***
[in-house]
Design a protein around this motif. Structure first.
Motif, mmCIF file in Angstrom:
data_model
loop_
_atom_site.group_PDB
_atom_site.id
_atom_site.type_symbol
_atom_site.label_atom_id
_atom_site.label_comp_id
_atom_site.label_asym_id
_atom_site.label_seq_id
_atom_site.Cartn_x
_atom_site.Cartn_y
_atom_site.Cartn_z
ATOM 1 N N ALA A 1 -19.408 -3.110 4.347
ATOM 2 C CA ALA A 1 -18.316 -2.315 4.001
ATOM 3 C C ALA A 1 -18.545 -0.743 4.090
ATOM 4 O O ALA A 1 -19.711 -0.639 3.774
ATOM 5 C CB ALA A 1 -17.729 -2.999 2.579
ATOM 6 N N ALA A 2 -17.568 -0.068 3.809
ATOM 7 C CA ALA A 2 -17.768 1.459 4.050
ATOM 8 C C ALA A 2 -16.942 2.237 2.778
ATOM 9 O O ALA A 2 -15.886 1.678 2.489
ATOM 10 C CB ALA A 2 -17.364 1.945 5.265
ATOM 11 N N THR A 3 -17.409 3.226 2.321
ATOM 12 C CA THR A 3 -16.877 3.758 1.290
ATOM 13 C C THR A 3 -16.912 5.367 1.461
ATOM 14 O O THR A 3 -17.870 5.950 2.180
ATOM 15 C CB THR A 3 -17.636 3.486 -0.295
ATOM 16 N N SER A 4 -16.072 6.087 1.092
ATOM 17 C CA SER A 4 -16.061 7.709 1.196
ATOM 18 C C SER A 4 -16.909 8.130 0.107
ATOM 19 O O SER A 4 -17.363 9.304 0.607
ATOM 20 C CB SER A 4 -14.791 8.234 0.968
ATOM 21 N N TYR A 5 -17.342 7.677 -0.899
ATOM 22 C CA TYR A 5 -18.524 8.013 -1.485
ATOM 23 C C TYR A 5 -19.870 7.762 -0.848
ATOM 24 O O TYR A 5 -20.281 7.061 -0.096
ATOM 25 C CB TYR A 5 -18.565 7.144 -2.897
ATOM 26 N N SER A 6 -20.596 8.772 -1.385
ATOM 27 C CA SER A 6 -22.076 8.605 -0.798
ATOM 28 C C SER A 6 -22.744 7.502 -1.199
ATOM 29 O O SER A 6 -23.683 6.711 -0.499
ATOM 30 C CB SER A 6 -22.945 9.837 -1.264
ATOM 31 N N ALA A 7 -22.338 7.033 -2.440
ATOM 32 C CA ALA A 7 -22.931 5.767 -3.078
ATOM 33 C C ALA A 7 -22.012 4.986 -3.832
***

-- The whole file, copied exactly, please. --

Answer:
[in-house]
Design a protein around this motif. Structure first.
Motif, mmCIF file in Angstrom:
data_model
loop_
_atom_site.group_PDB
_atom_site.id
_atom_site.type_symbol
_atom_site.label_atom_id
_atom_site.label_comp_id
_atom_site.label_asym_id
_atom_site.label_seq_id
_atom_site.Cartn_x
_atom_site.Cartn_y
_atom_site.Cartn_z
ATOM 1 N N ALA A 1 -19.408 -3.110 4.347
ATOM 2 C CA ALA A 1 -18.316 -2.315 4.001
ATOM 3 C C ALA A 1 -18.545 -0.743 4.090
ATOM 4 O O ALA A 1 -19.711 -0.639 3.774
ATOM 5 C CB ALA A 1 -17.729 -2.999 2.579
ATOM 6 N N ALA A 2 -17.568 -0.068 3.809
ATOM 7 C CA ALA A 2 -17.768 1.459 4.050
ATOM 8 C C ALA A 2 -16.942 2.237 2.778
ATOM 9 O O ALA A 2 -15.886 1.678 2.489
ATOM 10 C CB ALA A 2 -17.364 1.945 5.265
ATOM 11 N N THR A 3 -17.409 3.226 2.321
ATOM 12 C CA THR A 3 -16.877 3.758 1.290
ATOM 13 C C THR A 3 -16.912 5.367 1.461
ATOM 14 O O THR A 3 -17.870 5.950 2.180
ATOM 15 C CB THR A 3 -17.636 3.486 -0.295
ATOM 16 N N SER A 4 -16.072 6.087 1.092
ATOM 17 C CA SER A 4 -16.061 7.709 1.196
ATOM 18 C C SER A 4 -16.909 8.130 0.107
ATOM 19 O O SER A 4 -17.363 9.304 0.607
ATOM 20 C CB SER A 4 -14.791 8.234 0.968
ATOM 21 N N TYR A 5 -17.342 7.677 -0.899
ATOM 22 C CA TYR A 5 -18.524 8.013 -1.485
ATOM 23 C C TYR A 5 -19.870 7.762 -0.848
ATOM 24 O O TYR A 5 -20.281 7.061 -0.096
ATOM 25 C CB TYR A 5 -18.565 7.144 -2.897
ATOM 26 N N SER A 6 -20.596 8.772 -1.385
ATOM 27 C CA SER A 6 -22.076 8.605 -0.798
ATOM 28 C C SER A 6 -22.744 7.502 -1.199
ATOM 29 O O SER A 6 -23.683 6.711 -0.499
ATOM 30 C CB SER A 6 -22.945 9.837 -1.264
ATOM 31 N N ALA A 7 -22.338 7.033 -2.440
ATOM 32 C CA ALA A 7 -22.931 5.767 -3.078
ATOM 33 C C ALA A 7 -22.012 4.986 -3.832